The Snooze Button: Should School Start Earlier?

“School bus” by Kevin Dooley is licensed under CC BY 2.0 (via Flickr)

Currently, 75-100% of public schools in 42 states have start-time earlier than 8:30 a.m. , with Louisiana leading the pack with an average school starting time of 7:40 a.m. The push for schools to adopt later starting times enters the political sphere periodically as new studies come out annually suggesting that sleep has become both a hot commodity and a scarcity for students.

Pulling the occasional all-nighter is by no means a novel concept – anyone who has ever been to undergraduate or graduate school can surely recount multiple incidences where they slaved away into daylight hours, studying for midterms or perfecting a thesis. However, research has proven time and time again that even more detrimental than the occasional all-nighter is a routine lack of sleep, particularly before the age of 24. The Mayo Clinic and the Center for Disease Control are in agreement that school-age children require a minimum of ten hours – and teens a minimum of nine hours – of sleep each night for optimal performance.  Anything less than these nine hours, on a routine basis, can make it harder for students to participate and succeed in school academically because they have trouble focusing, are prone to falling asleep in class, and are less able to handle stress effectively.

The organization Start School Later, Inc is just one of many similar organizations lobbying to push back the starting time for schools in the United States. They base their platform around the claim that “insufficient sleep in teens is associated with obesity, migraines, and immune system disruption and with health risk behaviors including smoking, drinking, stimulant abuse, physical fighting, physical inactivity, depression, and suicidal tendencies.” This claim is backed by the American Academy of Pediatrics which also urges state legislatures to address this issue once and for all. Dr. Mary Carskadon, researcher at Bradley Hospital Research Center and professor at Brown University School of Medicine states that “with our knowledge that optimal sleep need is 9 1/4 hours, we are asking that 16-year olds go to bed at 9 p.m. Rare is a teenager that will keep such a schedule. School work, sports practices, clubs, volunteer work, and paid employment take precedence.” She further states that “given that the primary focus of education is to maximize human potential,” the issue of how to approach the maximization of that potential from a biological standpoint should be addressed.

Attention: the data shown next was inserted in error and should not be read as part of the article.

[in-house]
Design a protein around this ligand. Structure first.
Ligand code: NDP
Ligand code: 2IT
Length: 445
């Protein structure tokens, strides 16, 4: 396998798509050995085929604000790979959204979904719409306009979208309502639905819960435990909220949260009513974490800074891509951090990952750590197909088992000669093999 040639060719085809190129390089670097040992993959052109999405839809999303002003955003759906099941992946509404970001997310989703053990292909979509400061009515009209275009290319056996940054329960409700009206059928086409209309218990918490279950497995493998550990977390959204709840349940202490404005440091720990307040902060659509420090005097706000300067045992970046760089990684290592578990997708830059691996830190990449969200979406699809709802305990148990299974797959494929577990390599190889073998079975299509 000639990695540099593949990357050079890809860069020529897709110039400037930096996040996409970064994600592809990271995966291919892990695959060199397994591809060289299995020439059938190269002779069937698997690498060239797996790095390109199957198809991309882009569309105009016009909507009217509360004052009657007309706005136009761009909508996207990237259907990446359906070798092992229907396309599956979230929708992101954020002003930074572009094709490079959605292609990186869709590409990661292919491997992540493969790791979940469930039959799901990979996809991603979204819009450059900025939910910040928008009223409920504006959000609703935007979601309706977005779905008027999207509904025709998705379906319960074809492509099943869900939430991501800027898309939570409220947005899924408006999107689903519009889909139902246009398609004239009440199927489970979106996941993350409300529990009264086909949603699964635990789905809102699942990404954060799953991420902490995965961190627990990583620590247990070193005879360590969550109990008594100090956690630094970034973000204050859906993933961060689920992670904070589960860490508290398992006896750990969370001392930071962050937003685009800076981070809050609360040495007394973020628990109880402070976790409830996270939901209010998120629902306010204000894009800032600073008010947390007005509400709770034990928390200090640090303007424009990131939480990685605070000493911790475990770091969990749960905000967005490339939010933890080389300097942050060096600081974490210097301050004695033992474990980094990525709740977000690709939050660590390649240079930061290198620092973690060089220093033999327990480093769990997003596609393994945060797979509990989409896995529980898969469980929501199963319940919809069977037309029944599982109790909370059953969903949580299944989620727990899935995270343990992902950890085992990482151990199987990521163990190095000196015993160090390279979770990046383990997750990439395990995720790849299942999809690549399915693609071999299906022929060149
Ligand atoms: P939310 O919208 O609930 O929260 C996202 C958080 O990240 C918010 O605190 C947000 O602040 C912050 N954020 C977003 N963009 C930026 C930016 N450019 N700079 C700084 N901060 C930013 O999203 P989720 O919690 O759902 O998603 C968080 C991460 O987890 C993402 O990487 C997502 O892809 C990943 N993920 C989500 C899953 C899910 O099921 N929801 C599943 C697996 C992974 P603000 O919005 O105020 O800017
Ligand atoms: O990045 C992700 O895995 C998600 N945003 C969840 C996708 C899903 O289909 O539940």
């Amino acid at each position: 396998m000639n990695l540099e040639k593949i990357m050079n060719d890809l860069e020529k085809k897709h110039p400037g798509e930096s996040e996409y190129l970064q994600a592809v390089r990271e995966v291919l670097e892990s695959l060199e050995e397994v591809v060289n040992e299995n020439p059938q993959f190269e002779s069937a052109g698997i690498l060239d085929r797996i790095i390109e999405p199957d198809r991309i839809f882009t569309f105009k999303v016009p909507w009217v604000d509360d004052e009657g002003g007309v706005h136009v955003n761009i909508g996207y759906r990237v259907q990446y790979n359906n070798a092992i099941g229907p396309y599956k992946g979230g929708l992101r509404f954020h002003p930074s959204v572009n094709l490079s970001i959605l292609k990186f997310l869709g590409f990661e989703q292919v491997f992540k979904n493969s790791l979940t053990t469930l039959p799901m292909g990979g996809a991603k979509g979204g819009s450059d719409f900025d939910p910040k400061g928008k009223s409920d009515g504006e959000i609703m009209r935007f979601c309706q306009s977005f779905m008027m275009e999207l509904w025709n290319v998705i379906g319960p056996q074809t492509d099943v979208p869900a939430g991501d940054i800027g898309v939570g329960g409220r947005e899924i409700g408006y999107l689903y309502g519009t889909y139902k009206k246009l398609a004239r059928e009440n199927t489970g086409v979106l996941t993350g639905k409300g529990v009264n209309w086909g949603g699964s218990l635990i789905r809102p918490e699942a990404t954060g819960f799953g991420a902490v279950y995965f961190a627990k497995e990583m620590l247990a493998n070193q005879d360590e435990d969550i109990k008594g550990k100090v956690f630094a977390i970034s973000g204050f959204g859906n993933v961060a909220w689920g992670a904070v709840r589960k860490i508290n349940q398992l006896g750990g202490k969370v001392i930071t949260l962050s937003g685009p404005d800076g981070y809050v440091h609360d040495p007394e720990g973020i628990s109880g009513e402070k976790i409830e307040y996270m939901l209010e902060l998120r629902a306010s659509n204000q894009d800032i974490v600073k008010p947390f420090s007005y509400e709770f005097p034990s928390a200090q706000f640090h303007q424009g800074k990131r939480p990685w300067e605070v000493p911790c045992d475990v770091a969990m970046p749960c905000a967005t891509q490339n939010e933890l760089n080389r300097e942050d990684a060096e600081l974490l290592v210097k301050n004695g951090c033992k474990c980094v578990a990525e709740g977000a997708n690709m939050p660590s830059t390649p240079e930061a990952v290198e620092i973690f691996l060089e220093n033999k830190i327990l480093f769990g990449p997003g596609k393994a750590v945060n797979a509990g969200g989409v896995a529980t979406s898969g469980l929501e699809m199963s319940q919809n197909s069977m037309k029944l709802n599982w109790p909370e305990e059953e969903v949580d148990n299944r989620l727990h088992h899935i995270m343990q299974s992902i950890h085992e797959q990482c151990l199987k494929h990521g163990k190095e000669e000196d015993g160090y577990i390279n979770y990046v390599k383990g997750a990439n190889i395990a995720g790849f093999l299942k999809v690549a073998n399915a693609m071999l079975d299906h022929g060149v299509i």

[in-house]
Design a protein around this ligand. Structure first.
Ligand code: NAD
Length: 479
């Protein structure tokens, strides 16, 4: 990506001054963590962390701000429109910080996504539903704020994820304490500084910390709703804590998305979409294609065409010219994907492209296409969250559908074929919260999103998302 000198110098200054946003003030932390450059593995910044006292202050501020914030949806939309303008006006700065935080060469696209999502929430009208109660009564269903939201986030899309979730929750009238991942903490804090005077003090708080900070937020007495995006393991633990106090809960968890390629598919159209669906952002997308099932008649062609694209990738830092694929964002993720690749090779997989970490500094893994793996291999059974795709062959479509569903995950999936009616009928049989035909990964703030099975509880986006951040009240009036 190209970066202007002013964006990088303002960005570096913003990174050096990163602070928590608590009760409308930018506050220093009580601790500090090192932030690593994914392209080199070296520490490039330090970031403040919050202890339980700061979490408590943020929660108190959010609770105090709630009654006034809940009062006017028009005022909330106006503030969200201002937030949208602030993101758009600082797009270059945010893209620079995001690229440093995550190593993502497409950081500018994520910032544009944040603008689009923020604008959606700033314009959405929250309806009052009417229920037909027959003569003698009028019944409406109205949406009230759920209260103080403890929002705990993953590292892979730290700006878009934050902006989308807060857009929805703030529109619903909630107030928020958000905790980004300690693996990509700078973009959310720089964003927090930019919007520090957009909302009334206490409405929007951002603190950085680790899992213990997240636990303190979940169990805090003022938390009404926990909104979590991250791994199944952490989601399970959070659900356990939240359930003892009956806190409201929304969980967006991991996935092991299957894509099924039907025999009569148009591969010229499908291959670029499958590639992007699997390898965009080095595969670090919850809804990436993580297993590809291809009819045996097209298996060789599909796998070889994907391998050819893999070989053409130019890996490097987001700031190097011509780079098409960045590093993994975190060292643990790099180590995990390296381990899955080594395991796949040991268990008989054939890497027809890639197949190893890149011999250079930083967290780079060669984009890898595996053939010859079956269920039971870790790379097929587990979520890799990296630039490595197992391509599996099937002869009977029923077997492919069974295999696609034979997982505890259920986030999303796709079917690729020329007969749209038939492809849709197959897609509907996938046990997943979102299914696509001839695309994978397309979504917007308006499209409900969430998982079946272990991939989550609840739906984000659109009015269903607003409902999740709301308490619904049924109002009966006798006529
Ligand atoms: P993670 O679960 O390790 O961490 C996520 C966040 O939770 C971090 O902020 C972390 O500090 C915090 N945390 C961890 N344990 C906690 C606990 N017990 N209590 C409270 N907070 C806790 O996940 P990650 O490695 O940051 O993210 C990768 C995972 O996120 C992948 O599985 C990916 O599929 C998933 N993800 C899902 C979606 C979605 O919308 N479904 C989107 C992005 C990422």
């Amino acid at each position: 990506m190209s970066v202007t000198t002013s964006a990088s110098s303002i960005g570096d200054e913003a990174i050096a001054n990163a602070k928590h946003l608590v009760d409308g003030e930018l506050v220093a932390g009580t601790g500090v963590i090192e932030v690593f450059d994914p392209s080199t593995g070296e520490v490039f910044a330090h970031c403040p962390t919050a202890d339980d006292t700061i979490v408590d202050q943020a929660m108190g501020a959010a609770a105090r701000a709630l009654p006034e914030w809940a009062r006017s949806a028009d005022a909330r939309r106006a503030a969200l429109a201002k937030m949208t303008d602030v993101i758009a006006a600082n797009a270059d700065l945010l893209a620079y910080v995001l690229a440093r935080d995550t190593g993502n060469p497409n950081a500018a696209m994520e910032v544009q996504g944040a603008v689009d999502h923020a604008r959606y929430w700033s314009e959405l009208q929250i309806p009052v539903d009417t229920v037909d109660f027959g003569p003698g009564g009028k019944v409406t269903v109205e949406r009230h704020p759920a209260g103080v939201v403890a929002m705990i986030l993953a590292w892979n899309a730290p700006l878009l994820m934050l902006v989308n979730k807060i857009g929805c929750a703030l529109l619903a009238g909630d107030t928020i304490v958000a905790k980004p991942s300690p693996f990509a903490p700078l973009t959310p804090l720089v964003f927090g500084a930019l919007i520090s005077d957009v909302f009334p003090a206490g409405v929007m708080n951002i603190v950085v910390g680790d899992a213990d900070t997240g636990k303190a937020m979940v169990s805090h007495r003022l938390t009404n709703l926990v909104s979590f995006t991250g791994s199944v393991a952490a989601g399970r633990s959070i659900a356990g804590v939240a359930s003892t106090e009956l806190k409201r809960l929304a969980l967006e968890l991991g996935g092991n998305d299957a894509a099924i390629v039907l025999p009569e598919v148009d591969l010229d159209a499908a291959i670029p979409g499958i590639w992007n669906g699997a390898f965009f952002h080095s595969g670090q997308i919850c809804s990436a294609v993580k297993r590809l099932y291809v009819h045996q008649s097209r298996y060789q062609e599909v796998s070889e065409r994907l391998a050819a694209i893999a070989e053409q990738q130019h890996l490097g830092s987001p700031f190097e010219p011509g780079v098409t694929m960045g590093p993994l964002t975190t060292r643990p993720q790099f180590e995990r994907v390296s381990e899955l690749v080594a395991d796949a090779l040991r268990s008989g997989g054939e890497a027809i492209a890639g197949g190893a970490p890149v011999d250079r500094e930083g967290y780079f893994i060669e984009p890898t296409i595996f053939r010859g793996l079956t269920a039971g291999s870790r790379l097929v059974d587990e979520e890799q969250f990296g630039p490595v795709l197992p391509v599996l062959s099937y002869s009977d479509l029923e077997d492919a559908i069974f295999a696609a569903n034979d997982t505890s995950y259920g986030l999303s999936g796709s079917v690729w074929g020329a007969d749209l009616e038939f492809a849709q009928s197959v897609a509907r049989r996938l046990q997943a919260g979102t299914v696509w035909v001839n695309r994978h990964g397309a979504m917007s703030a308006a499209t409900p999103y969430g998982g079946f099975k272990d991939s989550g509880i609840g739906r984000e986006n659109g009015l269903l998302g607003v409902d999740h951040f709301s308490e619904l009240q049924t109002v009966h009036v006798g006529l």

However, many in opposition argue that logistically, this transition would be a very difficult one. The American school system is so accustomed to starting before 8:30 that the time shift would be hard on parents, teachers, bus drivers, and athletic practices. Parents have voiced fears that leaving their children to wait at the bus stop while they commute to work is a safety hazard. Furthermore, many athletic teams practice right after school. With practice times pushed back, student athletes wouldn’t return home until at least dinner-time, following which they would begin their homework for the day. Students would stay up even later, and the result would be that the students receive the same amount of sleep as they did before the time change.

As my father used to say, “When I was a kid I walked to school uphill both ways.” Perhaps just for emphasis, he would comically add “- barefoot. In the winter. At 6:30 every morning.” This resiliency and grit mentality of some older generations contributes to the murkiness surrounding changes in the educational system at the institutional level. Do we have a responsibility to prioritize the health of our children (referring specifically to the increased likelihood of car crashes and poor decision-making which could impact live in the long-term), despite the resulting institutional changes? Is it the government’s responsibility to alter an institution if it negatively impacts the health of the citizens? Given the data and the harmful effects of exhaustion on school-aged children’s biology, should it be our responsibility to push back start-times to 9:00-9:30? Or is this movement just the result of an overly-sensitive culture privy to all sorts of information that wasn’t available a decade ago?